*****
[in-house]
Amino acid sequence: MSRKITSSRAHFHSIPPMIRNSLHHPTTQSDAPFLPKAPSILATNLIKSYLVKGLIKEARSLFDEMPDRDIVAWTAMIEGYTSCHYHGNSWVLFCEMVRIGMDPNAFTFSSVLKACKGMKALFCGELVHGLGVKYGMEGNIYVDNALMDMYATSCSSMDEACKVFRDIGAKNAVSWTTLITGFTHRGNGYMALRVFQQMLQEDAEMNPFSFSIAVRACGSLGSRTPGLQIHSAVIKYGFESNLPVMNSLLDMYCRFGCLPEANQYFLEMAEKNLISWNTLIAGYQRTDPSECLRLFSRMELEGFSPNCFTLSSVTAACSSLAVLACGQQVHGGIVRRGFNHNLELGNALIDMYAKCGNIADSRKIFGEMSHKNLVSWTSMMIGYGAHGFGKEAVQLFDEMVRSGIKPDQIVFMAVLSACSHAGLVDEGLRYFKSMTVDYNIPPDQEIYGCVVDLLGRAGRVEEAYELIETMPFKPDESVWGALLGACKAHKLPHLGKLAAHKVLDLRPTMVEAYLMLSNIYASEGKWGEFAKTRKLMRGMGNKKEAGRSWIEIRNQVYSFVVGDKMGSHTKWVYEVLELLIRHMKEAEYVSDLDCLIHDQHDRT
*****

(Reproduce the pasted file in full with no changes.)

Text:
[in-house]
Amino acid sequence: MSRKITSSRAHFHSIPPMIRNSLHHPTTQSDAPFLPKAPSILATNLIKSYLVKGLIKEARSLFDEMPDRDIVAWTAMIEGYTSCHYHGNSWVLFCEMVRIGMDPNAFTFSSVLKACKGMKALFCGELVHGLGVKYGMEGNIYVDNALMDMYATSCSSMDEACKVFRDIGAKNAVSWTTLITGFTHRGNGYMALRVFQQMLQEDAEMNPFSFSIAVRACGSLGSRTPGLQIHSAVIKYGFESNLPVMNSLLDMYCRFGCLPEANQYFLEMAEKNLISWNTLIAGYQRTDPSECLRLFSRMELEGFSPNCFTLSSVTAACSSLAVLACGQQVHGGIVRRGFNHNLELGNALIDMYAKCGNIADSRKIFGEMSHKNLVSWTSMMIGYGAHGFGKEAVQLFDEMVRSGIKPDQIVFMAVLSACSHAGLVDEGLRYFKSMTVDYNIPPDQEIYGCVVDLLGRAGRVEEAYELIETMPFKPDESVWGALLGACKAHKLPHLGKLAAHKVLDLRPTMVEAYLMLSNIYASEGKWGEFAKTRKLMRGMGNKKEAGRSWIEIRNQVYSFVVGDKMGSHTKWVYEVLELLIRHMKEAEYVSDLDCLIHDQHDRT